The development of international law governing the non-navigational uses of international watercourses: a critical review
Quinn, N. (2009) The development of international law governing the non-navigational uses of international watercourses: a critical review. Masters, University of KwaZulu-Natal, South Africa.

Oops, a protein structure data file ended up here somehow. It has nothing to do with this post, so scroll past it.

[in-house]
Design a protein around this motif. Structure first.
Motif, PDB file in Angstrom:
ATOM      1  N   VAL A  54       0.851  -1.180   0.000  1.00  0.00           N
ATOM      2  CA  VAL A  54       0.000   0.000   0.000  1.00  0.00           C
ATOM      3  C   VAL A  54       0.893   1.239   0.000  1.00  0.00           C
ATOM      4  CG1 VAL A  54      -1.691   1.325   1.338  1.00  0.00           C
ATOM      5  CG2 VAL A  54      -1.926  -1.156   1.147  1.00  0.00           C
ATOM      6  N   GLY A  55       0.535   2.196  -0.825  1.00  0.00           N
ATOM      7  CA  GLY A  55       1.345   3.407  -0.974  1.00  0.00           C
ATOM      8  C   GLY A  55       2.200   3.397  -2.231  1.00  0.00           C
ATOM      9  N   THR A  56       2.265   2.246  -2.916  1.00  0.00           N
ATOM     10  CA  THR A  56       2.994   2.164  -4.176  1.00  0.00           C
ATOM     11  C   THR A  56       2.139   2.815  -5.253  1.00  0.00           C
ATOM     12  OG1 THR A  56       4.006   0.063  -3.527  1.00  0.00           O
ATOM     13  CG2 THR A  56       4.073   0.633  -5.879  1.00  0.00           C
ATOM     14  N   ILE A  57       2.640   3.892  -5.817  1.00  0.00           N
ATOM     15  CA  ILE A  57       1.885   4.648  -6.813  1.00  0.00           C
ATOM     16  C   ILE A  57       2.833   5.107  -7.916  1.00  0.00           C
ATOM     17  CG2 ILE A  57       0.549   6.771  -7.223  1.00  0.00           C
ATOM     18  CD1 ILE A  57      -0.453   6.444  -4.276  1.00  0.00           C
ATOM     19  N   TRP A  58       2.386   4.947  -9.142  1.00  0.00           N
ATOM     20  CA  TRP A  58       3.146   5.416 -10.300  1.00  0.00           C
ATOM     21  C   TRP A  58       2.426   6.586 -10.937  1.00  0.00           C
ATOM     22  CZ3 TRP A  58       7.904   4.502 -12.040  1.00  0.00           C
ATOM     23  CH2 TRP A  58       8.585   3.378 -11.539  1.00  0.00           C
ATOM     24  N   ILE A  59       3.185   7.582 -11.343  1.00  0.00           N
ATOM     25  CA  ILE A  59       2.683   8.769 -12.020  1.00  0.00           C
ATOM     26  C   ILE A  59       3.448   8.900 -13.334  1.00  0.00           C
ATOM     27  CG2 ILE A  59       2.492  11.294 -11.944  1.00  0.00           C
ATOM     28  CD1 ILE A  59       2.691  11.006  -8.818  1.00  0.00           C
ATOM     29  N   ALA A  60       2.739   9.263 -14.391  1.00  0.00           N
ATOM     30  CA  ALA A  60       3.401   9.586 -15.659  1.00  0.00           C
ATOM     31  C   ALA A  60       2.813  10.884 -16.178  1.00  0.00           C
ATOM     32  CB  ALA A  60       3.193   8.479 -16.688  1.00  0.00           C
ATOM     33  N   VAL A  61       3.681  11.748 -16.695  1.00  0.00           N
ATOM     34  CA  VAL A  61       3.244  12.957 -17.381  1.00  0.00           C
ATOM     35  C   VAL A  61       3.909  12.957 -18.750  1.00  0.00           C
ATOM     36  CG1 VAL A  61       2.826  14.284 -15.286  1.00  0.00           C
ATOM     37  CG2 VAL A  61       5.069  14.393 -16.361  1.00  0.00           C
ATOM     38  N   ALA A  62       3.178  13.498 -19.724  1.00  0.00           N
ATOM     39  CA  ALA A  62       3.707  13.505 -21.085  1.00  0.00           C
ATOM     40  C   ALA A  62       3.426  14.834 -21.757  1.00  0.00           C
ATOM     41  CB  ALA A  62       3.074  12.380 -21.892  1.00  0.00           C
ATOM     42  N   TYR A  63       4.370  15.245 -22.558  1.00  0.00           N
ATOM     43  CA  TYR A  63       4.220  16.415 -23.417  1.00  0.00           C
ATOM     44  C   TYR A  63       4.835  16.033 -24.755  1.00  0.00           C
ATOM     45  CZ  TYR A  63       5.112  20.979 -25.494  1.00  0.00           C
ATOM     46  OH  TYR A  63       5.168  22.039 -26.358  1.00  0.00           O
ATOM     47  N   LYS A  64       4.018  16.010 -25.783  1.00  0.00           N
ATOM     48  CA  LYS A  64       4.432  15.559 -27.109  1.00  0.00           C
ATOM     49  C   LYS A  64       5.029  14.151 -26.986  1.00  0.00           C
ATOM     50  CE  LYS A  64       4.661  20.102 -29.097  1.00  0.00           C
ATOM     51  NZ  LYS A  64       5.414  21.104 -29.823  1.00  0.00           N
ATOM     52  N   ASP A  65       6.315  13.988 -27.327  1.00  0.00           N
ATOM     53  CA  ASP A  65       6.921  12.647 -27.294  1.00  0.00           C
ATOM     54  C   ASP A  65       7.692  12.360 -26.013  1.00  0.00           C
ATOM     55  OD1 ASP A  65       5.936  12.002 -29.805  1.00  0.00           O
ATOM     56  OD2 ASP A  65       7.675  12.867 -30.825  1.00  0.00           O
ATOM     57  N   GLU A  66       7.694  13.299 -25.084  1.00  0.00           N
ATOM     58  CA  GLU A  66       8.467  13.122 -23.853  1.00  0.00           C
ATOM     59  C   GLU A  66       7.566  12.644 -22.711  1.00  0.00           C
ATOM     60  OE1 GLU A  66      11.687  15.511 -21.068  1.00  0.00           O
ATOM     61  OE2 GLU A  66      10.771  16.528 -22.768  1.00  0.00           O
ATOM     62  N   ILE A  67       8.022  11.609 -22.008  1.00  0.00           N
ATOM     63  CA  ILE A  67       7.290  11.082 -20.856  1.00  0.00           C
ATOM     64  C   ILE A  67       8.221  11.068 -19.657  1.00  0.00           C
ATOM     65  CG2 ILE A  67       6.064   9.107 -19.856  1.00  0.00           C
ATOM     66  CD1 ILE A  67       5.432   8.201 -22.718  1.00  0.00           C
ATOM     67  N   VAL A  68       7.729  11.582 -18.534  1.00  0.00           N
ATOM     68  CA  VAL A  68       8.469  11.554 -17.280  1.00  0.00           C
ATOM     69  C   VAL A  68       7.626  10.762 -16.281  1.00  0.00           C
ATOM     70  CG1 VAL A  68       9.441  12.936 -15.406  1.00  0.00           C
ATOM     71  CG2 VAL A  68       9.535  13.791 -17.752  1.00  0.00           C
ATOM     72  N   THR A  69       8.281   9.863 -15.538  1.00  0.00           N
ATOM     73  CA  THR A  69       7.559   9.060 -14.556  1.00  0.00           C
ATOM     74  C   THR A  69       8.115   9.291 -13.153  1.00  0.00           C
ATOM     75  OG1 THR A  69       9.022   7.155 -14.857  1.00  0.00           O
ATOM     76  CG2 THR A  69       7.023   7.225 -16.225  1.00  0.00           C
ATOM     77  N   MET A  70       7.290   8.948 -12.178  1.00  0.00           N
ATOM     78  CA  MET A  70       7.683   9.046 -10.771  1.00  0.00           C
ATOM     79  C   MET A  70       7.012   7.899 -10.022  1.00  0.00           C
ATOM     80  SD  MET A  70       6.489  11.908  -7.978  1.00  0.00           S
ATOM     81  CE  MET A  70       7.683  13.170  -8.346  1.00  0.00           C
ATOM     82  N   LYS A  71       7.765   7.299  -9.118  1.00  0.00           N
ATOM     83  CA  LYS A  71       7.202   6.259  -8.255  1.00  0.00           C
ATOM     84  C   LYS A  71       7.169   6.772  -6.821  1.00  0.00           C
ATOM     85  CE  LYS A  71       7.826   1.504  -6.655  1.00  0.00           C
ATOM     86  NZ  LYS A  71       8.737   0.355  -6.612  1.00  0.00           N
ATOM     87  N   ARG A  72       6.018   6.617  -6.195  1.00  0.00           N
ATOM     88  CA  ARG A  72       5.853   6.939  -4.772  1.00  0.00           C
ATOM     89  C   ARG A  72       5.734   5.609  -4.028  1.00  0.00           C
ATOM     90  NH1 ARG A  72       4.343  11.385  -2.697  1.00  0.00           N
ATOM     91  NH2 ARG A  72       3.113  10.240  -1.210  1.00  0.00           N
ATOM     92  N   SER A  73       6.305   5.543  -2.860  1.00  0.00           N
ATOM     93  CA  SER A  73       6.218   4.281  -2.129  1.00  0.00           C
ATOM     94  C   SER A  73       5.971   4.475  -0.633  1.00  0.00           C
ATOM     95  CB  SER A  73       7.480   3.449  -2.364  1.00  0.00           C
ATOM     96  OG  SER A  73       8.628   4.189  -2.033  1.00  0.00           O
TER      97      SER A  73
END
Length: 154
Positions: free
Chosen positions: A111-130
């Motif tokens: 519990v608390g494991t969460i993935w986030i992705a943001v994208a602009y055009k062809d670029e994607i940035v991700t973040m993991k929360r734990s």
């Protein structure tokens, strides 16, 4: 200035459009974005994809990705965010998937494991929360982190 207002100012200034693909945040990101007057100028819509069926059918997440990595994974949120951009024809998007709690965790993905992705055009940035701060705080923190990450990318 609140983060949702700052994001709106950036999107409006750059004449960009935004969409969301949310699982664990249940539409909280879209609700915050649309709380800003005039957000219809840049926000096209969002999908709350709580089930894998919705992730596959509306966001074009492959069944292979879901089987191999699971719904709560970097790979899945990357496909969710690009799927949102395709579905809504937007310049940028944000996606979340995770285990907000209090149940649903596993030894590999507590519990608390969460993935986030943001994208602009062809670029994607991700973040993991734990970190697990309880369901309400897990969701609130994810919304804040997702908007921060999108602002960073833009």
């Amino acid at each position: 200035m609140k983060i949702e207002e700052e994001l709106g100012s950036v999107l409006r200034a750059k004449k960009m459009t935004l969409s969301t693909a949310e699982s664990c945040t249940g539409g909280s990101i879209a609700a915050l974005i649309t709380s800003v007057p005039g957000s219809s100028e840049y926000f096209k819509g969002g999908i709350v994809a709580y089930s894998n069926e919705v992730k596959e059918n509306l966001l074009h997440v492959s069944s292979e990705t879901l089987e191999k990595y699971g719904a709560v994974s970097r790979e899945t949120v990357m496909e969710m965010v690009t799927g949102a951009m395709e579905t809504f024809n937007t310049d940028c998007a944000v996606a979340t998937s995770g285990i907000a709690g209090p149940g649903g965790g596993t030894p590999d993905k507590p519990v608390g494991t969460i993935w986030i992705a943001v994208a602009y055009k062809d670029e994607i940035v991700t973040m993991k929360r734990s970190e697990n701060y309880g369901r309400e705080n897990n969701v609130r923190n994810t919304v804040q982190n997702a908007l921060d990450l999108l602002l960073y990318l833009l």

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Although states have entered into agreements regarding shared waters over the last several hundred years, it is only recently that an international framework law has emerged. Progress in this endeavor has been slow. The 1966 Helsinki Rules constituted the first set of rules devised to coherently represent the state of customary international water law, and established the principles of equitable utilization and the obligation to do no significant harm as cornerstones. Transforming these rules into a framework convention took three decades and considerable debate. The assent of 103 nations to the text of the 1997 United Nations Convention on the Law of the Non-Navigational Uses of International Watercourses was therefore a milestone. The debate leading up to this was characterised by the perennial argument of territorial sovereignty versus the converse principle of prior appropriation. The subsequent behaviour of states with respect to signature and ratification of the Convention suggests that there has been little change in fundamental paradigms. As of November 2008 only 16 nations are party to the Convention, far short of the 35 required for it to enter into force. This dissertation offers a critical review of the genesis and development of the UN Convention, and attempts to identify weaknesses and benefits. Much of the debate, by nations and scholars alike, has focused on the relationship between the two principles of equitable utilisation and no significant harm, the former of which is generally regarded as the primary. The research also considers the extent to which the ILA’s 2004 Berlin Rules, intended as a comprehensive update of the 1966 Helsinki Rules, address these weaknesses. The Rules deal with many of the criticisms, but also introduce a fundamental shift towards a conjunctive management philosophy. The Rules also represent a fundamental shift away from the primacy of the equitable utilisation principle, placing both on equal footing. This has led to criticism of the Rules as moving beyond customary international water law, whilst others have argued that such a paradigm shift is what is required in order to progress towards establishing a coherent framework for international water law.
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